Anyamanya: 1 definition

Introduction

Introduction:

Anyamanya means something in Hinduism, Sanskrit. If you want to know the exact meaning, history, etymology or English translation of this term then check out the descriptions on this page. Add your comment or reference to a book if you want to contribute to this summary article.

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Sanskrit dictionary

[«previous next»] — Anyamanya in Sanskrit glossary
Source: Cologne Digital Sanskrit Dictionaries: Edgerton Buddhist Hybrid Sanskrit Dictionary

Anyamanya (अन्यमन्य).—adj. or pron. (= Pali aññamañña, in both mgs.; compare anyonya), (1) one another; as pron., adj., or adv. (°nyaṃ) or in composition, mutual, reciprocal (= an- yonya): Saddharmapuṇḍarīka 209.5 (verse) paraṃparā eva tathānyamanyaṃ te vyākariṣyanti; 359.2 (verse) ye cānyamanyasya karonti ghoṣān; Lalitavistara 176.9 (verse) anyamanyopacayena, by mutual assistance; Suvarṇabhāsottamasūtra 16.12 (verse) anyamanyānukūlena; Rāṣṭrapālaparipṛcchā 38.11 (verse). In prose of most texts replaced by anyonya; but Mahāvastu has it often in prose. Note anyonya Saddharmapuṇḍarīka 163.11, 12; Lalitavistara 51.16; 410.19, 20; while in the same passage (prose) anyamanya is used in Mahāvastu i.41.8 = 230.3 = iii.334.11 = 341.15 (but in i.240.13 anyonya). Inflected like anyonya in Sanskrit: °nyaṃ, acc., Mahāvastu i.10.12 (here adv.); 13.8; ii.436.16, 17; iii.453.7; °nyasya i.27.7; 266.1; °nyasmiṃ i.16.10; (2) like Pali aññamañña and like anyonya in [Buddhist Hybrid Sanskrit], also various, different, with no reciprocal sense: Saddharmapuṇḍarīka 125.14 (verse) °nyehi arthehi; 358.11 (verse) ghoṣāṃs tatha cānyamanyān; in this meaning also replaced by anyonya in prose generally, but in Mahāvastu retained in prose: iii.390.5 °nyāhi parivrājikāhi.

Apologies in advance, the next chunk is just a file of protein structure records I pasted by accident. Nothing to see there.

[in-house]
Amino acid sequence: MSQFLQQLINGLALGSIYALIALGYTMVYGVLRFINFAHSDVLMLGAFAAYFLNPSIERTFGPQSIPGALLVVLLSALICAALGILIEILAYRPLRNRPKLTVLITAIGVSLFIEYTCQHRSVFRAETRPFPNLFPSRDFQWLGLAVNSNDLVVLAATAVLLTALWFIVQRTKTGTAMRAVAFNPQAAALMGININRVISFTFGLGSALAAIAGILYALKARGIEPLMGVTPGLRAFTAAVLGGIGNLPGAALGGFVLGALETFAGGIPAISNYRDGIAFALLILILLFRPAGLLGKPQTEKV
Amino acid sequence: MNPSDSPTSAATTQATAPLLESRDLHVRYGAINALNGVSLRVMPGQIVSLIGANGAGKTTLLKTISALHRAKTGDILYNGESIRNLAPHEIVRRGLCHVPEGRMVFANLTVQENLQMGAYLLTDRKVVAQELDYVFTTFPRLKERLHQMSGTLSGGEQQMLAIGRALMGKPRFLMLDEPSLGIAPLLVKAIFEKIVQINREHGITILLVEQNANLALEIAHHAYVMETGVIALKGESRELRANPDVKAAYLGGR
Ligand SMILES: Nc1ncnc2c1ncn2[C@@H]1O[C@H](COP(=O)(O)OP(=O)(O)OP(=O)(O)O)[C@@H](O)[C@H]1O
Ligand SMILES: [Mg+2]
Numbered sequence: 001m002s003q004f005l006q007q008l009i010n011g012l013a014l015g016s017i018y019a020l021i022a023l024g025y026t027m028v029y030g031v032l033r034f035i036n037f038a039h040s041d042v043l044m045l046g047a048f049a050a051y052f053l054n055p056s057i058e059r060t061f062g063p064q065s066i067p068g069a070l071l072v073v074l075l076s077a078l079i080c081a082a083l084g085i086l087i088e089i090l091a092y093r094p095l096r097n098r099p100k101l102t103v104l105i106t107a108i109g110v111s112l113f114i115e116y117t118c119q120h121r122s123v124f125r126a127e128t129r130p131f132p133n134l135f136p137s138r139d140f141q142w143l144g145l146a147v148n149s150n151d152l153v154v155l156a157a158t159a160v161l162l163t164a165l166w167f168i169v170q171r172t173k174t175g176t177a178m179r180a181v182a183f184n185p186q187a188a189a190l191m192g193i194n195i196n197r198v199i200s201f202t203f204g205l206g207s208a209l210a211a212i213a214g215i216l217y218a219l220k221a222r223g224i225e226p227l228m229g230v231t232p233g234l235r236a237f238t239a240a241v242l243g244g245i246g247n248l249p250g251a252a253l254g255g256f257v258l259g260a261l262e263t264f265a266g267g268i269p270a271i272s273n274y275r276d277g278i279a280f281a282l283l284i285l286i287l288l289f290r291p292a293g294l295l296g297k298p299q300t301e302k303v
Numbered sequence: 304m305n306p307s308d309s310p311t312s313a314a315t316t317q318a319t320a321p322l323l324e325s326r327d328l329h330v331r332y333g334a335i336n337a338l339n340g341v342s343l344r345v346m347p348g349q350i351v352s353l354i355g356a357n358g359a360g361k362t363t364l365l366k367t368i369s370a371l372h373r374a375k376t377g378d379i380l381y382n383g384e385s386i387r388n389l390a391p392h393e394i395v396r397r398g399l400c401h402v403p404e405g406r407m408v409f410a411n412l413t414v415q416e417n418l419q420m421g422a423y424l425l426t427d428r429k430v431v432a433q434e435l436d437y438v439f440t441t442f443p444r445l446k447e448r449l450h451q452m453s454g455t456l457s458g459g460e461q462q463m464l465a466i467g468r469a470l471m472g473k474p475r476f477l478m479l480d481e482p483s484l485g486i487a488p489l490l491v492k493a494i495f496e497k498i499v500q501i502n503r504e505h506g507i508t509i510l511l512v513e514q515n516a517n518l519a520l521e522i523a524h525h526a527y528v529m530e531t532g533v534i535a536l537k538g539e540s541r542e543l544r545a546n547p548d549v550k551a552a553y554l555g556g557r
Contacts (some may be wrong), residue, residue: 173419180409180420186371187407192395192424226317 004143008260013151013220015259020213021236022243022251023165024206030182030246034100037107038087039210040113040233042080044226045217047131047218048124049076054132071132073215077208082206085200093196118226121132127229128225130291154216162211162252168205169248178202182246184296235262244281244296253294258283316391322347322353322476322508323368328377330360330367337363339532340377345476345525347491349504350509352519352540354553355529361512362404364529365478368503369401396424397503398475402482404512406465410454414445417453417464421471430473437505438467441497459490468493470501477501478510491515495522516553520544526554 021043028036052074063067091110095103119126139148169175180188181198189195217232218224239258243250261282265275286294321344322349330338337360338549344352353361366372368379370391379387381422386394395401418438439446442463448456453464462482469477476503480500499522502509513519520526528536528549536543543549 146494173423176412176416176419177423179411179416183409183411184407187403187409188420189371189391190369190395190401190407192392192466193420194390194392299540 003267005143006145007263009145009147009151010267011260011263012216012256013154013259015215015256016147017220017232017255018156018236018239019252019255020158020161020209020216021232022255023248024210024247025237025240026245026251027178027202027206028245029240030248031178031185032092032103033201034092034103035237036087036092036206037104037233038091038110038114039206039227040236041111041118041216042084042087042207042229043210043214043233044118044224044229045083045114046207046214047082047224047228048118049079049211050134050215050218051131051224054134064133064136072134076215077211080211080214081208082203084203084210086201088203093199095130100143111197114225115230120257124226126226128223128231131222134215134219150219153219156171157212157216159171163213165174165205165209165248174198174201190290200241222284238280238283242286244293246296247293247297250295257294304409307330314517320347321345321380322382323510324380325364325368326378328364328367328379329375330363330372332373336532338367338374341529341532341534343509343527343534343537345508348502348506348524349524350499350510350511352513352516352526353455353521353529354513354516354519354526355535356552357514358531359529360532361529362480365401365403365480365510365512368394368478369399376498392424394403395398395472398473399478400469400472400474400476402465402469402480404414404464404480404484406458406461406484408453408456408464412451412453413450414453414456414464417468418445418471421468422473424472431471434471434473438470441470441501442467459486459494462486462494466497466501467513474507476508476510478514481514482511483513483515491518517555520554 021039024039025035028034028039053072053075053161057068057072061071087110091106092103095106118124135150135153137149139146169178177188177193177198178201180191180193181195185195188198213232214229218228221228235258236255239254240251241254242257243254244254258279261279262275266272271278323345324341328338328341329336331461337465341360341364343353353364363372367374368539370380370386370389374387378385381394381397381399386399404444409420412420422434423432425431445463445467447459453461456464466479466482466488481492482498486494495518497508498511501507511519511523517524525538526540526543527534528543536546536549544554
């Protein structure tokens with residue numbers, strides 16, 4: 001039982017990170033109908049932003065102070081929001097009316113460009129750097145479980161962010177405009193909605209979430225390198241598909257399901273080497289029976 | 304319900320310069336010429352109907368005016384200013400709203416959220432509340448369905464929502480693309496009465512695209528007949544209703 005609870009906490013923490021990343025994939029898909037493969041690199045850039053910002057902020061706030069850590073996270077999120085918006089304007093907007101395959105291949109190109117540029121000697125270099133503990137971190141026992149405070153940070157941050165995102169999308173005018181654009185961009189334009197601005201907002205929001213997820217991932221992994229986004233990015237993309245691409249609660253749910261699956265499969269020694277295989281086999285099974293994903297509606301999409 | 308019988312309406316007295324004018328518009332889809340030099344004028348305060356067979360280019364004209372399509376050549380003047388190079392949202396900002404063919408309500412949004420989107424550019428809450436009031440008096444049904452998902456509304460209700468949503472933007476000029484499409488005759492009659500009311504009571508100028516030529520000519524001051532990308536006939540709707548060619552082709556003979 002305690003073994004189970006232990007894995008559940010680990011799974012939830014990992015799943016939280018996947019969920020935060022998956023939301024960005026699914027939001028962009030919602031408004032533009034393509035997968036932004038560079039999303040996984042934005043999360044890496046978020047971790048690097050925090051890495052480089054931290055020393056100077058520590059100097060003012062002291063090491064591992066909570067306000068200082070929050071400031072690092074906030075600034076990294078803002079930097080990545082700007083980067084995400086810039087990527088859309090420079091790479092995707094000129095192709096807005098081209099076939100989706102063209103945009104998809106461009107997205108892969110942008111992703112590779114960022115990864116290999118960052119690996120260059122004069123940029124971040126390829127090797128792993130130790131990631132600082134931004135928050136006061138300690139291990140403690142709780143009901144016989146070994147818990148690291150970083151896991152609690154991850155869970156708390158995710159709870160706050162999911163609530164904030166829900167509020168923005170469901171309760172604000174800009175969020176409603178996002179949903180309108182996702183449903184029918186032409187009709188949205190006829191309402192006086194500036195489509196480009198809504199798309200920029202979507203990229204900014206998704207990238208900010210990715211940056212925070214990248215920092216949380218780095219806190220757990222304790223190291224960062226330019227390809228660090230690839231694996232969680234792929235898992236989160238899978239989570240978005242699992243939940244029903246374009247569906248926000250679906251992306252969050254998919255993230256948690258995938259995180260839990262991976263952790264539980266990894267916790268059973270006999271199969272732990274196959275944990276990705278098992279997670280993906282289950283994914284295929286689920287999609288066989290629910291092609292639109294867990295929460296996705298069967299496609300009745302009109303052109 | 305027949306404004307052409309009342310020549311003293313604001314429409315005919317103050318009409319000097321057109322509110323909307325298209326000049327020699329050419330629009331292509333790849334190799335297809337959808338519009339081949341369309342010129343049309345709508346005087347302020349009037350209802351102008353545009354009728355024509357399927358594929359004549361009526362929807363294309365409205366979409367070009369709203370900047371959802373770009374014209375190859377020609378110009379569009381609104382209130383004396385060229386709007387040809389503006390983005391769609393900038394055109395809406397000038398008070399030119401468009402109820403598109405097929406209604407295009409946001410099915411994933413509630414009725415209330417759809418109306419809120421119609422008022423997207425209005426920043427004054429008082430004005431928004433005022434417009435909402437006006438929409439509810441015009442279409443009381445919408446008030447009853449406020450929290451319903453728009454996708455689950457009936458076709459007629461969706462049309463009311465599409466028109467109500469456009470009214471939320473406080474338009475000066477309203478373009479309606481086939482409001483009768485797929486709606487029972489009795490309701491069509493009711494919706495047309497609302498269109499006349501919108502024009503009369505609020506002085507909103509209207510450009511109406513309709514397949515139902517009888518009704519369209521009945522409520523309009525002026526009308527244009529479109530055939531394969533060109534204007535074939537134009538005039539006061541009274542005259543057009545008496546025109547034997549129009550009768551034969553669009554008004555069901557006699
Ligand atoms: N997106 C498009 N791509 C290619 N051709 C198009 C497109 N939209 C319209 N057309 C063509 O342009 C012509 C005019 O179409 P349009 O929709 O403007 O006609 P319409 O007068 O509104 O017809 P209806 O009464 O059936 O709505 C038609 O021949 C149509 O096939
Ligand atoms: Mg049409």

context information

Sanskrit, also spelled संस्कृतम् (saṃskṛtam), is an ancient language of India commonly seen as the grandmother of the Indo-European language family (even English!). Closely allied with Prakrit and Pali, Sanskrit is more exhaustive in both grammar and terms and has the most extensive collection of literature in the world, greatly surpassing its sister-languages Greek and Latin.

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